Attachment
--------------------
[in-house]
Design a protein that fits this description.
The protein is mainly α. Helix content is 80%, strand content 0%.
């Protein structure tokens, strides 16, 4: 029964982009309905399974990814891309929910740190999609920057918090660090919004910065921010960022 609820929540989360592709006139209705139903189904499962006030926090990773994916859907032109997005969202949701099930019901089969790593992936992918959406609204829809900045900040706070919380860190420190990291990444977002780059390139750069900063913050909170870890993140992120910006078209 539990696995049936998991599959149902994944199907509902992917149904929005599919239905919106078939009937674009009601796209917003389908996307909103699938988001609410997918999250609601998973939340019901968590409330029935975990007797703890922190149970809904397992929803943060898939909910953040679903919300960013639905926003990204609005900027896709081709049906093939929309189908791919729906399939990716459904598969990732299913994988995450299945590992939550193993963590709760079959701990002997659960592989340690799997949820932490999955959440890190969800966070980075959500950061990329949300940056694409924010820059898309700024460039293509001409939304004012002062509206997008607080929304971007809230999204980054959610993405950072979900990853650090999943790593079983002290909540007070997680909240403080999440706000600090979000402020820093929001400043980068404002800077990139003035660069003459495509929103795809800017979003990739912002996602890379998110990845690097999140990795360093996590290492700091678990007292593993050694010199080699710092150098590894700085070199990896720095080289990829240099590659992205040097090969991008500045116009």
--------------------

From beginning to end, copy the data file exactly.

[in-house]
Design a protein that fits this description.
The protein is mainly α. Helix content is 80%, strand content 0%.
């Protein structure tokens, strides 16, 4: 029964982009309905399974990814891309929910740190999609920057918090660090919004910065921010960022 609820929540989360592709006139209705139903189904499962006030926090990773994916859907032109997005969202949701099930019901089969790593992936992918959406609204829809900045900040706070919380860190420190990291990444977002780059390139750069900063913050909170870890993140992120910006078209 539990696995049936998991599959149902994944199907509902992917149904929005599919239905919106078939009937674009009601796209917003389908996307909103699938988001609410997918999250609601998973939340019901968590409330029935975990007797703890922190149970809904397992929803943060898939909910953040679903919300960013639905926003990204609005900027896709081709049906093939929309189908791919729906399939990716459904598969990732299913994988995450299945590992939550193993963590709760079959701990002997659960592989340690799997949820932490999955959440890190969800966070980075959500950061990329949300940056694409924010820059898309700024460039293509001409939304004012002062509206997008607080929304971007809230999204980054959610993405950072979900990853650090999943790593079983002290909540007070997680909240403080999440706000600090979000402020820093929001400043980068404002800077990139003035660069003459495509929103795809800017979003990739912002996602890379998110990845690097999140990795360093996590290492700091678990007292593993050694010199080699710092150098590894700085070199990896720095080289990829240099590659992205040097090969991008500045116009």